Bosnia’s war ended with a partition plan, which the international community subsequently used all its efforts to undermine and create a unified state. Now the west’s power in the country has receded, the natural logic of the Dayton Peace Accords has reemerged, and the country is likely to break apart. This article suggests that now the international community’s best response to the imminent Bosnian fracture may be to reluctantly accept it.
By Matthew Parish
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It is often forgotten that Bosnia’s 1992-95 civil war concluded with a partition plan, dividing the country into a Muslim-Croat Federation and a “Serb Republic” with institutions of central government initially so weak as to be almost invisible. But those institutions were developed through international community interventions over the subsequent thirteen years, the recalcitrant sides were forced to cooperate, and the partition was disguised.
In the last three years, the international community’s interest in the country has waned, the institutions created have proved unsustainable in the absence of external pressure, and the current leader of Bosnia’s Serbs has set about dismantling the central government. He is now manoeuvring to pursue de facto, then de jure, independence of Serb territory.
The international community’s principal figurehead in the country, the High Representative, has traditionally been a proconsul with powers of imposition. But he now has so little authority that he is powerless to prevent the Bosnian Serbs’ plans, and this is unlikely to change.
The military and political options available to the west to prevent secession are unattractive and unlikely to work. What Bosnia’s Serbs achieve, Bosnia’s Croats will subsequently attempt. The country may split into several pieces.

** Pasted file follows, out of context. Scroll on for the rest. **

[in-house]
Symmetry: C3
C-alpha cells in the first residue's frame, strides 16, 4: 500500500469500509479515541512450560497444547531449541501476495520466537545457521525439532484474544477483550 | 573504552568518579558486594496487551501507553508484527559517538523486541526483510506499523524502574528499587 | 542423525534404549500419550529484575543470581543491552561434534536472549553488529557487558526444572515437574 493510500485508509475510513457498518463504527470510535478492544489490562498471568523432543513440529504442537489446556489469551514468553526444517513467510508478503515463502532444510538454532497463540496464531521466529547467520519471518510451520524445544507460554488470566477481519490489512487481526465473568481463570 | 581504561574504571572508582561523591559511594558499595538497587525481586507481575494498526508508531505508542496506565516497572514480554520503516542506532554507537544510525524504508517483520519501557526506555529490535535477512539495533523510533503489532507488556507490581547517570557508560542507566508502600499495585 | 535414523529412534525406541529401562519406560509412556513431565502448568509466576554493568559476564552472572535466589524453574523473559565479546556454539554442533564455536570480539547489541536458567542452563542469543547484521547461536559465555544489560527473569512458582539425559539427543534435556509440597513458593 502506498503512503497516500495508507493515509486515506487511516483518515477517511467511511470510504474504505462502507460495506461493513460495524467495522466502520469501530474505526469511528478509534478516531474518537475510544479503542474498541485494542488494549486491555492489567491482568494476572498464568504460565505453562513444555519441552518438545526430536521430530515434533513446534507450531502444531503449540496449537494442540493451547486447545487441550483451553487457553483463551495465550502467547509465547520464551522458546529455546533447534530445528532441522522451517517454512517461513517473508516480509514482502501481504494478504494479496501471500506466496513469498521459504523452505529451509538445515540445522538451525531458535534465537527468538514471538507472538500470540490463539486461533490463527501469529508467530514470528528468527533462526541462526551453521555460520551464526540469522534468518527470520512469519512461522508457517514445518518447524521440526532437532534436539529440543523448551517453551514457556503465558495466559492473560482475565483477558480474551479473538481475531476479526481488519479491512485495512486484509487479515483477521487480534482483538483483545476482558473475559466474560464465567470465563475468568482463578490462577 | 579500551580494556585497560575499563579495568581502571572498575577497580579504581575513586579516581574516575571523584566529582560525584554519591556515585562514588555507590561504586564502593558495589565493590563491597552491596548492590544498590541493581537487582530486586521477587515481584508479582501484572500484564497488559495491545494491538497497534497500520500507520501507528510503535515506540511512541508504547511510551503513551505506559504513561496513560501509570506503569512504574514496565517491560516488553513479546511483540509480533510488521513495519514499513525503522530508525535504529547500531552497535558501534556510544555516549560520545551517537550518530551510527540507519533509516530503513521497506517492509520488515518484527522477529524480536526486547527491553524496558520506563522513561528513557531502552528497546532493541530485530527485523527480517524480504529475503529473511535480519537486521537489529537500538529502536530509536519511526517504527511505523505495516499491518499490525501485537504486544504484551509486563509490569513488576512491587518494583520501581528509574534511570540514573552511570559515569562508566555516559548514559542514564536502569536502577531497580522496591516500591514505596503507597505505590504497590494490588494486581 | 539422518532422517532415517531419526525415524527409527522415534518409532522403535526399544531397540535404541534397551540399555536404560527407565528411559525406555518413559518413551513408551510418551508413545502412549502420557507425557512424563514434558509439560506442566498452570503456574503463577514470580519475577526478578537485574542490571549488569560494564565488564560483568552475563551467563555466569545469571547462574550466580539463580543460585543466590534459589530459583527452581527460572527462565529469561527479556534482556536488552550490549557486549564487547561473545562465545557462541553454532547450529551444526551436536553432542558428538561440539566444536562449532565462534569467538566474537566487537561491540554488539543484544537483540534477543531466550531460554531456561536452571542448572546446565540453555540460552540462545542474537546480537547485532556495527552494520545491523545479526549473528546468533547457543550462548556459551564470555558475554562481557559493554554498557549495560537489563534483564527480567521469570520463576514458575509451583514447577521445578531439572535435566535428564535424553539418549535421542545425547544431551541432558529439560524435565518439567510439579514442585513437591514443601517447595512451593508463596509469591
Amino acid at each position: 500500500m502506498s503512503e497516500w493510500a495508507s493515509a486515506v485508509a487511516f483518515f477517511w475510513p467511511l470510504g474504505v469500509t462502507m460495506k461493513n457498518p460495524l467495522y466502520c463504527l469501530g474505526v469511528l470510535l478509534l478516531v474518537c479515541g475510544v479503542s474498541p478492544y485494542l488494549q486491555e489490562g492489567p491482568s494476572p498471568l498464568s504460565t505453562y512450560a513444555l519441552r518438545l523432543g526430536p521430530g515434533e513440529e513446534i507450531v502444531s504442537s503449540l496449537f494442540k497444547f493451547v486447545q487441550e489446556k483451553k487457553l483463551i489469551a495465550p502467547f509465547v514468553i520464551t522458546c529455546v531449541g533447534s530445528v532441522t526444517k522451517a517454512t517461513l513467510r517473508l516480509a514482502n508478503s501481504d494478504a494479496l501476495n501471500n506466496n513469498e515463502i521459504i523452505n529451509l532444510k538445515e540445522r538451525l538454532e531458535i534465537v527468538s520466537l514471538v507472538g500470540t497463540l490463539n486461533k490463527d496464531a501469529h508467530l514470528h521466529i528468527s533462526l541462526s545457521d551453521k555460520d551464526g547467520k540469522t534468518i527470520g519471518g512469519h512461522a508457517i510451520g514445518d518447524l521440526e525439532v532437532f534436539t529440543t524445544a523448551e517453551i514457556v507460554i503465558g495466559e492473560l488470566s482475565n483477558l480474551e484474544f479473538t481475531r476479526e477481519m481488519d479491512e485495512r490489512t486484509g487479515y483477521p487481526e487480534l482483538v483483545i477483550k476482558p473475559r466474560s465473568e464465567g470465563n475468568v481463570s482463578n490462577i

The west must therefore radically reassess policy towards Bosnia. Reluctant acceptance of Bosnian Serb de facto secession, although unattractive from a historical perspective, may prove the least bad option. In any event a sensitive and flexible diplomatic strategy is required, because if Bosnian Serb and Croat separatist aspirations or Bosnian Muslim attempts to keep the country unified are mishandled, there is a real risk of renewed armed conflict.
The author was formerly Chief Legal Adviser to the International Supervisor of Brčko, a city in northern Bosnia subject to post-war supervision by the US government by reason of its strategic importance in the country’s conflict. He is a frequent writer and commentator on Balkan affairs. His book on international intervention in post-war Bosnia, A Free City in the Balkans: Reconstructing a Divided Society in Bosnia, is published by I.B.Tauris. For further details see www.matthewparish.com. Gratitude for comments and criticisms on early drafts of this article is due to Richard Dalton and Adam Moore. Responsibility for all errors and omissions remains the author’s alone.